Have you ever seen the film Seven Years in Tibet?
Well, you should.
The first time I watched it, I took away from it many things, but the one line from it that kept my feelings collected was spoken by Kundun, the Dalai Lama (à½à½±à¼‹à½£à½ à½²à¼‹à½–à¾³à¼‹à½˜à¼‹), as a fourteen-year-old. He was watching a Newsreel to learn about the world, already aware that the Chinese military had breached Tibetan soil:
Do you think one day people will see Tibet on the movie screen and wonder what happened to us?
Sad and powerful, and tragic given the global ennui towards the Tibetan occupation, but perhaps that’s a subject for another day. I watched the movie again last night and the line that stood out for me this time around comes from one of the Chinese generals who had just ruined a mandala that was being prepared especially to welcome them, who ignored and overrode every cultural imperative of Tibetan culture and religion. As he walked out of the room where he’d just insulted every level of Tibetan life he muttered, â€œReligion is poison.â€ He said this to a Tibetan governor without missing a step.
Personally, I find most world religions contemptible human institutions. Put a bureaucracy around and behind an axiom/dogma and you always end up with a weapon. Always. But Buddhism seems impervious to weaponization and I found myself finding the Communist General contemptible. To disrespect others without provocation, to insult a heritage, to remove the right of individuals to practice their own religions (and that includes, especially, religions which seek to override and insult and disrespect other religions) is the true poison here. I’d call it irony that a true-believer Communist would look down upon the entire notion of religion, but that pattern is repeated so often that the intellectual aspect of it is gone and all we’re left with is disdain, sorrow, tragedy.
I know very little about Tibet. In fact, the first things to pop into my head when I hear or see the word â€œTibetâ€ include Richard Gere and those seemingly ubiquitous â€œFREE TIBETâ€ bumper stickers. Yeah, I guess I’ve been part of the â€œweâ€ in â€œennuiâ€, I have to admit.
But some of the tutorials and samples of the professional photography application Aperture include Tibetan landscapes. The film shows the peaceful and vibrant Lhasa and the lands of Tibet, the Himalayan landscape, a people who respect life and the earth. A people ruled by the human vessel of the reincarnation of AvalokiteÅ›vara not with hand or fist or weapon, but by the choice of autonomous individuals whose mainstay is that of respect, happiness and wisdom.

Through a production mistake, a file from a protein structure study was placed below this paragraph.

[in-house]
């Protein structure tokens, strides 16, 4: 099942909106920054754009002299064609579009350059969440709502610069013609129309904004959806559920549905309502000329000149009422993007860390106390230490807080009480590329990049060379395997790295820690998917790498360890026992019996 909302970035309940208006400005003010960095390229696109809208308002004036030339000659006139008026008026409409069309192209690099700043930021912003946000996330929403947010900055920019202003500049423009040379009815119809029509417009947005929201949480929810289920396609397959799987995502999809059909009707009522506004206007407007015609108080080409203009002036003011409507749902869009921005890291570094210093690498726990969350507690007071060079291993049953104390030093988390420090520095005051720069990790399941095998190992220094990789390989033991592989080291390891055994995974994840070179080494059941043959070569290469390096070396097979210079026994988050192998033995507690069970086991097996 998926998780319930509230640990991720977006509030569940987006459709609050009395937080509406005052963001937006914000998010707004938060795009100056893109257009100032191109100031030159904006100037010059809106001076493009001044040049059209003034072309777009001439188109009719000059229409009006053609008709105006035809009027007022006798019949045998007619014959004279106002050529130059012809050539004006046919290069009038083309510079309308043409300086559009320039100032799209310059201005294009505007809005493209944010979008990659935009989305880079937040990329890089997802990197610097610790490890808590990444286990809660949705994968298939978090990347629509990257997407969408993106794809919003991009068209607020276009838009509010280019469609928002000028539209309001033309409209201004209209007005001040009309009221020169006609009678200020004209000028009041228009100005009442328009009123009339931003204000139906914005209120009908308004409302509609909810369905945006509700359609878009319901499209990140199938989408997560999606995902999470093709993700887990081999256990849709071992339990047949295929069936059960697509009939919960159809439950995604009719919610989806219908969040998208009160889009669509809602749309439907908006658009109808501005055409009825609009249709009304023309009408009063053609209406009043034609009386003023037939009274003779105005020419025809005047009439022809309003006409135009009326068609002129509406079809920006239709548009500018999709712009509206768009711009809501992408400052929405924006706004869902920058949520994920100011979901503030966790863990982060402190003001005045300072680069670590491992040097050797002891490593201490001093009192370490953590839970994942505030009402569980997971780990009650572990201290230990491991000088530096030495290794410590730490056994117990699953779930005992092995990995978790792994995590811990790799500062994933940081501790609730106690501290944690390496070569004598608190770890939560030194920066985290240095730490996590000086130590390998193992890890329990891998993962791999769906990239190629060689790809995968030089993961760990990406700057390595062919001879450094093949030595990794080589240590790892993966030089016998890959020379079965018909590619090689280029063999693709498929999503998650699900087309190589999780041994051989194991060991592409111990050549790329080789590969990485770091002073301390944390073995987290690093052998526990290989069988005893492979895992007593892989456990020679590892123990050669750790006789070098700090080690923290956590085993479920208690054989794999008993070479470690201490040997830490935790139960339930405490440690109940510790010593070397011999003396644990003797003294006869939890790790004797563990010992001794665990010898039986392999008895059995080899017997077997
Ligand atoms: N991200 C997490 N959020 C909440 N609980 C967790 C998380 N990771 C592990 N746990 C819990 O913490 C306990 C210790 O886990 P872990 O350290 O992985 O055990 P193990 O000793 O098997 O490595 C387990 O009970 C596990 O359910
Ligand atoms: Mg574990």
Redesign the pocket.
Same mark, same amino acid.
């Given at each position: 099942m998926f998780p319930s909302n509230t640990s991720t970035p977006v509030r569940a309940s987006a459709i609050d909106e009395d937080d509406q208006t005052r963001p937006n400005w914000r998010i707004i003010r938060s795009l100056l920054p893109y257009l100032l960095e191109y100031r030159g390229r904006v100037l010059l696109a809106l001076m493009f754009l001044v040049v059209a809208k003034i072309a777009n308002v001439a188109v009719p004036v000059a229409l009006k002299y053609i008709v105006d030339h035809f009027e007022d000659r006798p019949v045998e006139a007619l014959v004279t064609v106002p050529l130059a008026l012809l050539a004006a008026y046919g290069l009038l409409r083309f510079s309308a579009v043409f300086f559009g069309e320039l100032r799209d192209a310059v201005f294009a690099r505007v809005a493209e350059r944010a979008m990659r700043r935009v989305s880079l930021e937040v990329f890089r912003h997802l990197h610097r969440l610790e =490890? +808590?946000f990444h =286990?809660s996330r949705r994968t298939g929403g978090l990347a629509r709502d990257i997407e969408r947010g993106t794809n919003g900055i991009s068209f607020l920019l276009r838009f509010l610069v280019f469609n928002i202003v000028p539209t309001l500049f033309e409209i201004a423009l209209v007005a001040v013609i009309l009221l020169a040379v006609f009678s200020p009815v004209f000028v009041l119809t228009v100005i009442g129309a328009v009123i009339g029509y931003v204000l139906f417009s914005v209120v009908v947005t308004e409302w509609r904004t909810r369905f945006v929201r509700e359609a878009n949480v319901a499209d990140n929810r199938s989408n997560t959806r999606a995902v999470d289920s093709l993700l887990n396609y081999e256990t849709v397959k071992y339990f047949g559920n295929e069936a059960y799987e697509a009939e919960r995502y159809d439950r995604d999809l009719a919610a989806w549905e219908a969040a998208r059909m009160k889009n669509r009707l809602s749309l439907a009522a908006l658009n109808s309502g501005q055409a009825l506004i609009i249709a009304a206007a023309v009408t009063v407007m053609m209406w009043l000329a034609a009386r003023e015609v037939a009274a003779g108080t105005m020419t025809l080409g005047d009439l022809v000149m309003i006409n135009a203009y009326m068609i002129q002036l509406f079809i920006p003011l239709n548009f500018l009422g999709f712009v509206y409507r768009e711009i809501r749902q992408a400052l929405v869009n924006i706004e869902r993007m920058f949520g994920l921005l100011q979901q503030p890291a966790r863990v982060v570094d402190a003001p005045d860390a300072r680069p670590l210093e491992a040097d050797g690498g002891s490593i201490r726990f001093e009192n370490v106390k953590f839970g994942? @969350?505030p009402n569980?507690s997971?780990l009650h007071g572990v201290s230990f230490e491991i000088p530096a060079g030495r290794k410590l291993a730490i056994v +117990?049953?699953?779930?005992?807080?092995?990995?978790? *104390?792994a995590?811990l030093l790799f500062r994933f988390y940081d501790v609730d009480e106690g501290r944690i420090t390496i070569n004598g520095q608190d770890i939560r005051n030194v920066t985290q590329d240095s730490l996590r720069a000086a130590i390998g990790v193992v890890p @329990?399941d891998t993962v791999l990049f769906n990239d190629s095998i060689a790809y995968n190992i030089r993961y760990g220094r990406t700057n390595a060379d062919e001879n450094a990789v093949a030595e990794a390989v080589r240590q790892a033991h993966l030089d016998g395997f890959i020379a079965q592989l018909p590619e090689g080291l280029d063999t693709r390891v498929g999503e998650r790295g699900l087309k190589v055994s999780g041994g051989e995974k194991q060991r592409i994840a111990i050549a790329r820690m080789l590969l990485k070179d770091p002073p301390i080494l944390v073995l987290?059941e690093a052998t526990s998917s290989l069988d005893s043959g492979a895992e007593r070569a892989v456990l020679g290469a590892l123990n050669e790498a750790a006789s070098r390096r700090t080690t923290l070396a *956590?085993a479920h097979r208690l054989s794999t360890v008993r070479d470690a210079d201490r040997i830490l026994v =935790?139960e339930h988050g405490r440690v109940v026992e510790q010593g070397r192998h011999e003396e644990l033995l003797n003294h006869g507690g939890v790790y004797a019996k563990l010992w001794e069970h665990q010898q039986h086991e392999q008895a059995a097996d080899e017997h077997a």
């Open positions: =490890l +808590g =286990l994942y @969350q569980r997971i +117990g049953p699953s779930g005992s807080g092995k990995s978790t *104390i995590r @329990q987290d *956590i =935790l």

Of course Tibet is not the sole province of these qualities, but it does provide the stark contrast between a religion that reinforces itself from within and a religion which weaponizes itself: two different means of self-preservation; two very different outcomes.
I have of late been interested in typography, searching for fonts that might suit a redesign of these pages. Historical fonts speak as expected, modern ones hold the zeitgeist of their own eras, novelty fonts know their place is a spare one.
Mac OS X 10.5, also known as Leopard, has increased its one-world-ness to include two Tibetan fonts. And as fonts are speaking to me lately, so speaks the Tibetan font, brazen and pliant. A sample:
If you are on a Leopard machine and want to see more of the glyphs from these fonts (the one above is called â€œKailasaâ€, click here. The Font Book application will launch and you’ll see the font sample. Hit âŒ˜2 and you’ll be able to see all the glyphs from the font. Most are simply beautiful and taken as an alphabet they speak a certain something about those who employ them. As would be any alphabet, I suppose.
If you want to learn more about the Dalai Lama, click here. (Again, if you’re using Leopard, it will open the Dictionary.app and display information from many sources all at once).
There is nothing worse than Empire: countless persons, customs, cultures, wisdoms lost forever, paved over by a uniformity that breeds nothing but contempt, creates nothing at all and holds little of value.
Will we ever mature past Empire? I like to think that the Dalai Lama, even after all that loss, still hopes or even expects so.